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Ramadan TV Wrap-Up: Dramas move away from one-man shows

One feature of Ramadan dramas this year is the absence of several superstars that viewers have been accustomed to watch year after year. Actresses Yousra and Elham Shaheen made no appearance this year and even Laila Elwi and Nour al-Sherif who star in “Back Streets” and “Al-Dally” respectively are facing fierce competition from less established actors ad actresses.

A number of TV series like “Dawaran Shubra” (The Shubra Turn) and “Citizen X” refrained from the single-star plot and garnered high viewership based on a tight screenplay and good directing. Even the biographic drama “Al-Rayan,” starring Khaled Saleh, is centered on several main characters that enrich the story.

Some TV producers relate this change to the January uprising, while others say it had existed long before the revolution, especially in cinema productions.

Moving away from single-star dramas reflects a return to the glory days of Egyptian drama in the sixties and seventies, says TV director Mohamed Fadel.

"Even if the story revolves around one main actor, other characters shouldn’t be overlooked as they enrich the plot,” he adds, while citing his 1967 social drama “Al-Kahira Wal Nas” (Cairo & Its People). Characters need to be fleshed out properly to relate to viewers and this requires skillful screenwriters like the late Osama Anwar Okasha in works like “Abu Al-Ela Al-Beshry” and “Layali Al-Helmeya” (Helmiya Nights), adds Fadel.

“This season has proven some of the biggest producers wrong as they only bet on big names, whereas social dramas with few stars are the most popular this year,” says Fadel.

Director Khaled Galal agrees that producers driven by advertising revenue have been catering to the demands of superstars with little emphasis on quality. “Satellite channels purchase broadcast rights even before the series are shot, and do not evaluate them before the show is aired,” he tells Al-Masry Al-Youm.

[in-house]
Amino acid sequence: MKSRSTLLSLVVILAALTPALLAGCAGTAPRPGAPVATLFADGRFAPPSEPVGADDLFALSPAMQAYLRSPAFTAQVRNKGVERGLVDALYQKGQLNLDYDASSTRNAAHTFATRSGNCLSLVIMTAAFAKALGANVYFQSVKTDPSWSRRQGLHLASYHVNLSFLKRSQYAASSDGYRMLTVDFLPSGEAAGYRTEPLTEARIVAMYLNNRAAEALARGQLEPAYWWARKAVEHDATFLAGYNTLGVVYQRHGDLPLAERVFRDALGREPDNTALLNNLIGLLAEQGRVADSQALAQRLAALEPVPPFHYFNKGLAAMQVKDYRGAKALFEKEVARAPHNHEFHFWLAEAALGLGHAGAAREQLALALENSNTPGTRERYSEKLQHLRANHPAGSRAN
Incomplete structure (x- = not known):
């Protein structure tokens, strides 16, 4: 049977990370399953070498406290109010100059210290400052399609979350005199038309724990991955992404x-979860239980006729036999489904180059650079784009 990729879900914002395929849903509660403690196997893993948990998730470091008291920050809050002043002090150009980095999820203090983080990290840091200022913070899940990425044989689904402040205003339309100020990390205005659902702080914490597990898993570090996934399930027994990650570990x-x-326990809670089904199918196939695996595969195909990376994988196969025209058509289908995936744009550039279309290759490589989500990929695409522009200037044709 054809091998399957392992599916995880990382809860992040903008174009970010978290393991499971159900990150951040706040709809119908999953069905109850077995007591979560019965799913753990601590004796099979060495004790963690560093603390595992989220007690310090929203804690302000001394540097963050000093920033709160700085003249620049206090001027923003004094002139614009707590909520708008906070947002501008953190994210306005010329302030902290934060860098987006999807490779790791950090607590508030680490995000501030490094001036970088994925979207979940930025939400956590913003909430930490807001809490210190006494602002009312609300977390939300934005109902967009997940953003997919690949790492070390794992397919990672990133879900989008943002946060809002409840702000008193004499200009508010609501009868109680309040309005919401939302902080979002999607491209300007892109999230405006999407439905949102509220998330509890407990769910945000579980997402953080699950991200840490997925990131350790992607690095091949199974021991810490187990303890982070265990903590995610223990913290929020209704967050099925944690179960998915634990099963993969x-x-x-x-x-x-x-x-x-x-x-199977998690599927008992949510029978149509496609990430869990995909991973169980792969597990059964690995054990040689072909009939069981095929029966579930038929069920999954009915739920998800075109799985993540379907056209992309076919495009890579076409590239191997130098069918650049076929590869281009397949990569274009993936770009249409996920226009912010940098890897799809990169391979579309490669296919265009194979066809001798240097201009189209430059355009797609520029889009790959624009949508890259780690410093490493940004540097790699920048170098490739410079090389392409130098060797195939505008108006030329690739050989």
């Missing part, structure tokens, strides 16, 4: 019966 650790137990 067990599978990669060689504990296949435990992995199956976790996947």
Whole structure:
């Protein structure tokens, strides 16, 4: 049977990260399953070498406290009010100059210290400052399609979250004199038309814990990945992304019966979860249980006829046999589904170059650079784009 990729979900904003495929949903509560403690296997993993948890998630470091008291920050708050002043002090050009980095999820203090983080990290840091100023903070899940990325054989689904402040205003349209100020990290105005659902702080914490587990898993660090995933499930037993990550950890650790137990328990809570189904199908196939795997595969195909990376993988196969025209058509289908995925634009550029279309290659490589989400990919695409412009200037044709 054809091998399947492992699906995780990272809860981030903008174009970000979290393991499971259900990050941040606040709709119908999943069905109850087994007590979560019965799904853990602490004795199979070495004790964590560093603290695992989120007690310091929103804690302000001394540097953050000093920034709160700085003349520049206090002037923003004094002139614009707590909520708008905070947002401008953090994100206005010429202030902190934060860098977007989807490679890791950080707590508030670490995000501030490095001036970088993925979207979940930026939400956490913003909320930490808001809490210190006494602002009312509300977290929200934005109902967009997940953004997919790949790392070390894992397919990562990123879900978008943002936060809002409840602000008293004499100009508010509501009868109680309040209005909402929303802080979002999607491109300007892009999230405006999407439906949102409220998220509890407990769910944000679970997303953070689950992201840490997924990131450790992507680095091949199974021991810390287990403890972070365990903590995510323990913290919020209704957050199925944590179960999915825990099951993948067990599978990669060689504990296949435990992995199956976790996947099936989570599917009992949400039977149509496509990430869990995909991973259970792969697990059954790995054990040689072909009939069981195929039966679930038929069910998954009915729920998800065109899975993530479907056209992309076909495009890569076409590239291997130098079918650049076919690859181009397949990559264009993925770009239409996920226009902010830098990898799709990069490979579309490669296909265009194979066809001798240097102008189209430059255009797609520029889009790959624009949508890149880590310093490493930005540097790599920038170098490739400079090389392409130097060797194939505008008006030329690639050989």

But this might change going foreword as superstars are losing much of their leverage in the face of quality productions, argues critic Magda Khairallah. “A superstar might take up to 50 percent of the production budget and often interferes with the storyline to make sure it’s centered around her; this often led to lower artistic quality,” says Khairallah.

The success of dramas depends on the proper selection of actors in relation to the plot and not a single star. In fact, this trend has been rising for a few years now with series like “Ard Khas” (Exclusive) in 2010, and “Lahazat Harega” (Critical Moments) – an Egyptian adaptation of “ER” in 2007, explains Khairallah.

“Stars like Yousra, Nour al-Sherif, and Elham Shaheen haven’t been doing well for a while now; if they take part in TV dramas next year, I believe there will be changes, which may include assigning them supporting roles," explains Khairallah. They won't be able to impose their old style, and satellite channels will not risk spending money on their productions unless they are worthy.

Galal believes the whole issue is determined by the nature of the story. "Stories speaking about national figures are better featured by focusing on that character, while social features would be better if they have a large cast and multiple characters,” he says.

“All-star casts are one step on the right track,” says critic Magdy al-Tayyib, adding that it’s the crew that often takes the risk and moves away from major production companies and mainstream tastes. “This was very clear in the 2010 film ‘The Boat’.”

“Some producers still resist new approaches though and want to stick to the ‘superstar formula.’ They should consider the success of current TV shows like “Citizen X” and “Dawaran Shubra,” adds Tayyib.

“Over the coming period, casting will depend on producers and superstars who’ll fight to guarantee they stay on top.”

Translated from the Arabic Edition

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